Serokadan customary village, Apuan, Susut, is not only famous for its natural and pristine potential. The area adjacent to Apuan village also has a cultural heritage in the form of Candri Manik Temple and a number of the other arts remaining to survive am
Mas village in Ubud has indeed been famous for its wood crafts since long time ago. However, not far from the village, there is a village producing wooden art crafts. This area is known as Dangin Labak hamlet, Singakerta village, Ubud. The artisans in this region develop because of the growing impact of Mas village that has first become a tourist destination. In addition, the highway in the region becomes the connecting path to the tourist objects in Ubud. Even though these two villages are located adjacent, the yields of wooden handicrafts produced are much different.
One of the wood crafters on Jalan Raya Dangin Labak, I Made Kartu, said that his sculpture work was indeed different from those produced at the neighboring villages. “Actually, the artisans at this village purchase wood material at Mas village. However, the size of the wood we order belongs to smaller ones. So the works of art we create are mostly the miniature form,” he said. Although being in the form of miniatures, this craftsman who had learned to carve since his childhood explained their works remained to have its own characteristics and uniqueness because in Gianyar the sculpture village was not only one. “The sculpture craft has been developing at this village since 1980. Our distinctive sculpture is dolphin. Meanwhile, most of the neighboring villages create sculptures in the form of lizard and crocodile,” he explained.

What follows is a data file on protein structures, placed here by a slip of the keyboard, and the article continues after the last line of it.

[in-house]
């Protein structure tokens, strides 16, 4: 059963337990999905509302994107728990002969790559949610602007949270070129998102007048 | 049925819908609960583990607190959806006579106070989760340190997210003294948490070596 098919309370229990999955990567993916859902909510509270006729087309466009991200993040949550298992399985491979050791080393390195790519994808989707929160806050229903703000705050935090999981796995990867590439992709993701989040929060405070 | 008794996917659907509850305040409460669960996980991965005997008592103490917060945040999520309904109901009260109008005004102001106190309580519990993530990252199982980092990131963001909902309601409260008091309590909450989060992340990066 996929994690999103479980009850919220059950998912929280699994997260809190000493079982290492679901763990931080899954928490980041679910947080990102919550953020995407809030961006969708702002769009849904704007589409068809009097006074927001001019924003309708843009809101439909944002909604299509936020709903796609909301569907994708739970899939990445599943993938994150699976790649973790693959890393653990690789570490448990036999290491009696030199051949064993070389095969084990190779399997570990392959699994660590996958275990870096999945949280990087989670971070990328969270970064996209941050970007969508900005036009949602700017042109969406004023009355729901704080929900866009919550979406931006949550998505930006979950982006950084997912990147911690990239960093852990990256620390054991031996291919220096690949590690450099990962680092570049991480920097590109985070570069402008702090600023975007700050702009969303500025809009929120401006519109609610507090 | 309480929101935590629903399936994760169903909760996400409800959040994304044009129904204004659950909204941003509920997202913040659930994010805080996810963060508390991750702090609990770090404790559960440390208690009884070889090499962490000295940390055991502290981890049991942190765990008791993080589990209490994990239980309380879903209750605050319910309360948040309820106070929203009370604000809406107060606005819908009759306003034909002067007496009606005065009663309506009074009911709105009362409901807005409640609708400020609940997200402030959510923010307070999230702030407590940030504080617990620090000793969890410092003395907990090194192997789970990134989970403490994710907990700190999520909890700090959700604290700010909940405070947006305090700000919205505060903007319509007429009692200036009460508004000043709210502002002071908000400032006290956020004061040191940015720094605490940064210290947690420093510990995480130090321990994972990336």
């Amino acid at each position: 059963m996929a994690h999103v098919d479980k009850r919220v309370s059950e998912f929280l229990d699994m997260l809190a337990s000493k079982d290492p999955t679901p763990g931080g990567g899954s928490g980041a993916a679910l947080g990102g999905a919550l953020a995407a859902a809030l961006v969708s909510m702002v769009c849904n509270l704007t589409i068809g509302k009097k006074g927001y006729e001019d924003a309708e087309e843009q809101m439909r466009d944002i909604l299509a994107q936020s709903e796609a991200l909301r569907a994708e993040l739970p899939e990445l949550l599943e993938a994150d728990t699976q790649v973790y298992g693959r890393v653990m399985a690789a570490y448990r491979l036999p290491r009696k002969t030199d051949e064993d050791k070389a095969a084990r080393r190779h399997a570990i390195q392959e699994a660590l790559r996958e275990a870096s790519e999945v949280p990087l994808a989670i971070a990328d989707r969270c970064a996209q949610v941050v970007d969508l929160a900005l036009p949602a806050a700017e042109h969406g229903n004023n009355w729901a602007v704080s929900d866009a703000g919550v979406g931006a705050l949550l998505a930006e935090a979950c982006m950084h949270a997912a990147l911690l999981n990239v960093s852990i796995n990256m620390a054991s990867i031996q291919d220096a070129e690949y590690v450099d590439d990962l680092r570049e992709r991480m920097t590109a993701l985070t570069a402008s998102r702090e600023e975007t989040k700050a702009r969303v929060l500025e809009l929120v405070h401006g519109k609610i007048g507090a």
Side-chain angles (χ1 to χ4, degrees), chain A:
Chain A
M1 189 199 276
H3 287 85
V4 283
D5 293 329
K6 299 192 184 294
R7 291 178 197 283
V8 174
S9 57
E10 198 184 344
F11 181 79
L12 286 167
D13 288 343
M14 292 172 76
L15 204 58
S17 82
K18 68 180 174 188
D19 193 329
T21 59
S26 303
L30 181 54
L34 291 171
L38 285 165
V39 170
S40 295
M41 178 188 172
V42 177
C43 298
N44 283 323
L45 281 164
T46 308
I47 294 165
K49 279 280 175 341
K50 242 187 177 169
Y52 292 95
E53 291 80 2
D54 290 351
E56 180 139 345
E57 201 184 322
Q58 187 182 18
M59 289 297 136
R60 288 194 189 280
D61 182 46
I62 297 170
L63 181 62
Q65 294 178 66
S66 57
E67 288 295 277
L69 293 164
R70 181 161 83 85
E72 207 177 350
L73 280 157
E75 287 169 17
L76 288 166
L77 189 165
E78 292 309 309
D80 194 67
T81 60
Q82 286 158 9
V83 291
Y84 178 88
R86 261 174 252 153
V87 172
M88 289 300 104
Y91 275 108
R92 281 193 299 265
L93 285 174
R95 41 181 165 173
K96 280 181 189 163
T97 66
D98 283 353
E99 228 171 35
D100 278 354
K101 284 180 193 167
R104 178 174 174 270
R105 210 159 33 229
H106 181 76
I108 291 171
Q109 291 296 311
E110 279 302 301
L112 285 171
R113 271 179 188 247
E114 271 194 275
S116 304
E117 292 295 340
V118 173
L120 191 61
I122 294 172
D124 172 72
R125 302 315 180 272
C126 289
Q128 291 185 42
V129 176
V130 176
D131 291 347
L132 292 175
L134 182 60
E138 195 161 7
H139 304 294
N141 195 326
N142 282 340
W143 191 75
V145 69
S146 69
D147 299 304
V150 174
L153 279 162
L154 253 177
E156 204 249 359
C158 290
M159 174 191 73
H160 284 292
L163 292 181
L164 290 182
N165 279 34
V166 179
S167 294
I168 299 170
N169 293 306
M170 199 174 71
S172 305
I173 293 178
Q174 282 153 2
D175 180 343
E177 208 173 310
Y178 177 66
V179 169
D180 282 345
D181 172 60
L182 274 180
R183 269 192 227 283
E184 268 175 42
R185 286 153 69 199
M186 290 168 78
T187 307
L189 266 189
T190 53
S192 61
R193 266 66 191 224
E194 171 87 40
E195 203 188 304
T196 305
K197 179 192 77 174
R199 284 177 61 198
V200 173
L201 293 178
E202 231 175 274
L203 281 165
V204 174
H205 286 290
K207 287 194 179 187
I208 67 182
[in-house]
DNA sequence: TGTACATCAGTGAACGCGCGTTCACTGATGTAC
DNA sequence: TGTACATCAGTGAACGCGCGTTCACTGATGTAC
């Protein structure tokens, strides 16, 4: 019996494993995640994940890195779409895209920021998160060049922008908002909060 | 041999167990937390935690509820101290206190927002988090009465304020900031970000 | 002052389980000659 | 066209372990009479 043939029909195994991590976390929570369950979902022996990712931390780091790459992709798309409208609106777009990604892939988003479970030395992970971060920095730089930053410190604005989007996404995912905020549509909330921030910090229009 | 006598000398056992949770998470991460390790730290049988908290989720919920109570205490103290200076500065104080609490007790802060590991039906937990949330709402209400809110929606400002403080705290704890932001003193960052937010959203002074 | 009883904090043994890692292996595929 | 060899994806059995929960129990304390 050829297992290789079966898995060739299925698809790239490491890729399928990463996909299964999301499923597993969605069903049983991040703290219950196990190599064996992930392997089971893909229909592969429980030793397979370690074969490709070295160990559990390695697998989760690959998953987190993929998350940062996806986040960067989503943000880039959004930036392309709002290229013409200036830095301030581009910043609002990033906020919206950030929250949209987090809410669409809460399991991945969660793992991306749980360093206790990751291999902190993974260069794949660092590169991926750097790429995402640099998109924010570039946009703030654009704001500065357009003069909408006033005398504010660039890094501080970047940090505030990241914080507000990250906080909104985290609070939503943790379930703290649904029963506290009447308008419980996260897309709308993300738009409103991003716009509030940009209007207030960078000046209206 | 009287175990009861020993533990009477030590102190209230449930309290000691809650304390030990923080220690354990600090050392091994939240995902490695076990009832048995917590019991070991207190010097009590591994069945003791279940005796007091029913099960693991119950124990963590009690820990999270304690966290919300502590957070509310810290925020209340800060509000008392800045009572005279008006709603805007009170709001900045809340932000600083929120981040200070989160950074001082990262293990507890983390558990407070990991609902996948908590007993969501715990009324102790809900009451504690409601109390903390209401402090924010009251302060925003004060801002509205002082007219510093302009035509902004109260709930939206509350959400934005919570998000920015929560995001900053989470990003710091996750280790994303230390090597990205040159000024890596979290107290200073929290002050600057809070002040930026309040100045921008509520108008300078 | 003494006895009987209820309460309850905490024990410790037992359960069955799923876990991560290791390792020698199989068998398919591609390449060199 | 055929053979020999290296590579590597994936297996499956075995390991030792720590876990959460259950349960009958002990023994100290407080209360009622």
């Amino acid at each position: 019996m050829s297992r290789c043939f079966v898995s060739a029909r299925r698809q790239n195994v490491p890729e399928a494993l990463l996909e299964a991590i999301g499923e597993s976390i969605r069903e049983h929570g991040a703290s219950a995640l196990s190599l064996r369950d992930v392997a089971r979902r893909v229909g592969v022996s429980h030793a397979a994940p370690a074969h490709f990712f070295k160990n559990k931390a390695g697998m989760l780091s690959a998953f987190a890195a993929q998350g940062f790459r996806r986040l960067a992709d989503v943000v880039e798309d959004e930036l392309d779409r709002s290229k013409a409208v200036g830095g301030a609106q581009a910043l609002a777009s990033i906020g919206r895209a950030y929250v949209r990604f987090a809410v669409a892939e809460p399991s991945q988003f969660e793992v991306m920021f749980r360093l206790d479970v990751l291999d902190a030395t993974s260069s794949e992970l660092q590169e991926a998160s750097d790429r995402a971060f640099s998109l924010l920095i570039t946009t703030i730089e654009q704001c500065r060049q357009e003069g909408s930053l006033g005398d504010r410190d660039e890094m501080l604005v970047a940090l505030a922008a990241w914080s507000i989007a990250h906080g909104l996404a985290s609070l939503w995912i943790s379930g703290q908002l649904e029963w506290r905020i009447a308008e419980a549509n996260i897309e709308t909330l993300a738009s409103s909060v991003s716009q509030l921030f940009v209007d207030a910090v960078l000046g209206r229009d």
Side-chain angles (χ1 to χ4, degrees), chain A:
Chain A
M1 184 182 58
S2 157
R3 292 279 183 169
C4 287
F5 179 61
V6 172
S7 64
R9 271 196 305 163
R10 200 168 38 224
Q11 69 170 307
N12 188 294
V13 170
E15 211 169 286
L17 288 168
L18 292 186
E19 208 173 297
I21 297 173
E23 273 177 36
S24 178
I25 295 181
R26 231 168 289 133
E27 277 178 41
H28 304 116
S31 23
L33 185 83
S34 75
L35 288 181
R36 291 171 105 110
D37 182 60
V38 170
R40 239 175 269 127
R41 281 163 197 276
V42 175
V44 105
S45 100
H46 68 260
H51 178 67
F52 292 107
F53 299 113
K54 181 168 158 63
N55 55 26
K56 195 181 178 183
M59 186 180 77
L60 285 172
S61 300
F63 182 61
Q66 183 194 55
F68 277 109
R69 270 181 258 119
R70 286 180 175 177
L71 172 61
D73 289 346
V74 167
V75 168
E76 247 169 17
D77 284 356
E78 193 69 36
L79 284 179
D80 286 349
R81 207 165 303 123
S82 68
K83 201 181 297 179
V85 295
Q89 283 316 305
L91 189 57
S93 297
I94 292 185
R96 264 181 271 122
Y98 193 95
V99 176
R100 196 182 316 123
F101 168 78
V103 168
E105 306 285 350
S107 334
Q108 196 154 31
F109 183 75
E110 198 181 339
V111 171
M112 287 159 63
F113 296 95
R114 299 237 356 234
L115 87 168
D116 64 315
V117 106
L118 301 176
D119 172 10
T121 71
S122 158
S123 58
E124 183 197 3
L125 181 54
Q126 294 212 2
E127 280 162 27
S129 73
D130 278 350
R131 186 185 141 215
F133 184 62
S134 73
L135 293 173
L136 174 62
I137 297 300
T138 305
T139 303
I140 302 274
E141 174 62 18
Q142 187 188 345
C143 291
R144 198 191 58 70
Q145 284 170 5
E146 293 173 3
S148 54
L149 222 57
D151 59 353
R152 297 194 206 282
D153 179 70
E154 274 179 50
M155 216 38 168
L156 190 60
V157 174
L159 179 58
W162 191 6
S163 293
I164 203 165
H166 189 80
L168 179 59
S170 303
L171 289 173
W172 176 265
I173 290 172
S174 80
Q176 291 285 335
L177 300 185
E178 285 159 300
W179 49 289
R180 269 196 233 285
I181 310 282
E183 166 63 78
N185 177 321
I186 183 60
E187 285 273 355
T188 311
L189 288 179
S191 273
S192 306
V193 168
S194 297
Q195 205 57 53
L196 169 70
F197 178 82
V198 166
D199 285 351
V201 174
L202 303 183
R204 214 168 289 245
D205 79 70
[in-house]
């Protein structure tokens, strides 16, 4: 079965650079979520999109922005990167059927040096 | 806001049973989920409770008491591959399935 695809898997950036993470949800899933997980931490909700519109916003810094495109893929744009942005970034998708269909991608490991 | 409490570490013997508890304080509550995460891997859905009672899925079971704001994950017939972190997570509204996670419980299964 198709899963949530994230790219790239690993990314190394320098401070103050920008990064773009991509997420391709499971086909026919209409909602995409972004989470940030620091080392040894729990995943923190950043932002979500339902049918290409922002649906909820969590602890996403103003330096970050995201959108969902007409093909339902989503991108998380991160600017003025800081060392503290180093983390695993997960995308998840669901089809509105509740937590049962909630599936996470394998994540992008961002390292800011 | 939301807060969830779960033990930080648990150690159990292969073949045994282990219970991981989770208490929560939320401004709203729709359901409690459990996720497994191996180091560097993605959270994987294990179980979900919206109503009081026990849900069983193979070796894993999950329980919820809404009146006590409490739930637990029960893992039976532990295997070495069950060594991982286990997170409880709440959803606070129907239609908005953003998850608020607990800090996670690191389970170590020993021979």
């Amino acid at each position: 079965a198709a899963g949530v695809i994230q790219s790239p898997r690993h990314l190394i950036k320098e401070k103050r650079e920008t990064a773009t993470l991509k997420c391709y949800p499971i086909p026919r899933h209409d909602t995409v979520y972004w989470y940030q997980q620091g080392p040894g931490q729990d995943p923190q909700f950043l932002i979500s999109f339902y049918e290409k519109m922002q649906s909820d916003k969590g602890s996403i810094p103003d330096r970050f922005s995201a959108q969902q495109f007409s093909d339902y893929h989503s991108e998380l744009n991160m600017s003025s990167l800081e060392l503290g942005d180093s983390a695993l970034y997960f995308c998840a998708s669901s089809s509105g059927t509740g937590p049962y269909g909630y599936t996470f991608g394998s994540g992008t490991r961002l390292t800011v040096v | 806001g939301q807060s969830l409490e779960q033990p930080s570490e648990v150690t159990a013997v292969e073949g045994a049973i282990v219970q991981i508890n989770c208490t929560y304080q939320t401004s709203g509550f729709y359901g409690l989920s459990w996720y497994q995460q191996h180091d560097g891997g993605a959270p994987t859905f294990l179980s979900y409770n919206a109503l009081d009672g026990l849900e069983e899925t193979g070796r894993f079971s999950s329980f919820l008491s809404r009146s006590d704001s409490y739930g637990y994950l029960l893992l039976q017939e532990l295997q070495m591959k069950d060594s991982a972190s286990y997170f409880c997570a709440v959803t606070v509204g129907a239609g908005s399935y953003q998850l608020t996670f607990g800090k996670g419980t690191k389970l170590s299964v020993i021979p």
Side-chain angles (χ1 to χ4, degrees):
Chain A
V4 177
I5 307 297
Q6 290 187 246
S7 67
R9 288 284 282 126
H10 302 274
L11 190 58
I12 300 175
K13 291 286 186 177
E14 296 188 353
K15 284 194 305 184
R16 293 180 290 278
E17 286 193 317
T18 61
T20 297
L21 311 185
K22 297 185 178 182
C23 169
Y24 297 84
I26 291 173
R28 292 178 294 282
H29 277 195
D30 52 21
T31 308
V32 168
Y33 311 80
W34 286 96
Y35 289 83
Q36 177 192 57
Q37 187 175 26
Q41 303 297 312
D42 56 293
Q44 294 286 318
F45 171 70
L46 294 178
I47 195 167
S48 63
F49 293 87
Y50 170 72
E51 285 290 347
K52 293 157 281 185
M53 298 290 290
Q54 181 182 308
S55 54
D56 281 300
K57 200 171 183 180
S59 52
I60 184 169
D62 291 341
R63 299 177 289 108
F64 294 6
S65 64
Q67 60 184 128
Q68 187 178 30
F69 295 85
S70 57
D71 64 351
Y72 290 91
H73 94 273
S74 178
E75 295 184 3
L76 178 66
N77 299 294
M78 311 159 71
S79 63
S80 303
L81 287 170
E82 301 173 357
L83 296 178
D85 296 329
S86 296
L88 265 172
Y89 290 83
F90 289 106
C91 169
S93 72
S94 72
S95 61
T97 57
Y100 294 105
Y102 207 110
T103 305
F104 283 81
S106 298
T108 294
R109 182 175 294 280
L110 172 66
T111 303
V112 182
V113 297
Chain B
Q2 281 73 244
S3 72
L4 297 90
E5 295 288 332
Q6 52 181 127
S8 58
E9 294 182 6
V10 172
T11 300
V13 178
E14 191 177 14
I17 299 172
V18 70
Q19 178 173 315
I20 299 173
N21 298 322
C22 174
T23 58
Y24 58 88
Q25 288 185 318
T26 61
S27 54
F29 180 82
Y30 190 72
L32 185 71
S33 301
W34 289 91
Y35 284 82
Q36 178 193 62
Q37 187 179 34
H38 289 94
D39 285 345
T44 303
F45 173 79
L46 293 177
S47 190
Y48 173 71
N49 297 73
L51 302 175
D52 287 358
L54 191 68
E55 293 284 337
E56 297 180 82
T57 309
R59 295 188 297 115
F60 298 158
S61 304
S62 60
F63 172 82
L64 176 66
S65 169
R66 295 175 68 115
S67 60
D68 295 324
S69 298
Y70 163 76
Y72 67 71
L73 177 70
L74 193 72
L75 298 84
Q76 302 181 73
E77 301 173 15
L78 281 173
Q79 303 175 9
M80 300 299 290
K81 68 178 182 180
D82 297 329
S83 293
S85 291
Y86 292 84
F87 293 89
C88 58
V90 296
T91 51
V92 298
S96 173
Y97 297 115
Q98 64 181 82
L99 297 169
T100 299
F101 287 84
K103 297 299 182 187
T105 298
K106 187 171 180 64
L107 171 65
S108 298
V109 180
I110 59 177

In addition to dolphins, continued Made Kartu, small sculptures in the form of miniature also became our hallmark. “Most of the miniatures we make are the sculpture of Buddha, gods and goddesses in the puppet story, eagle, human beings especially women, face, transportation, frame and animals. The most in demand is the Buddha sculpture,” said the man from Tampaksiring. Although it was classified into miniature, he said, the making was somewhat complicated because it should be done more carefully especially in the making of gods or goddess sculpture having many designs. “To complete a small sculpture takes me one day, starting from the making of shape, sculpting and sanding,” he said.
The handmade sculpture averagely applied natural color as that of the wood material. He could also adjust the color to the demand of buyers. “We also purchase some sculptures from outside the village because it will take me quite long time if making alone. Therefore, we have to order in other places so that my art shop will not be empty and lacks of sculpture,” he explained.
He said the quality of sculpture here was also good and no less slick, both in terms of material and design. “Today, we also bring in wood material from Java like mahogany, albizia, lian, karnikara and teak. Meanwhile, the price of our products is really standard, ranging from tens of thousands to hundreds of thousands of rupiahs,” he said.
The sculptures were mostly functioned as decoration. “These miniatures are mostly used for indoor decoration like in guest room, bedroom and wall as well as put on the table. Our major customers are hotels and restaurants. For example, it is usually placed in the front office desk,” he said. Made Kartu added that so far he had never directly exported his handicrafts to overseas. His buyers were mostly foreign travelers who passed through his art shop and then stopped by and made a purchase. Most of them were from Australia and Europe. Local buyers from Bali rarely purchased his products except those for from hotels and restaurants. Meanwhile, those from Java particularly Jakarta are goodly,” he added. (BTN/Ocha)
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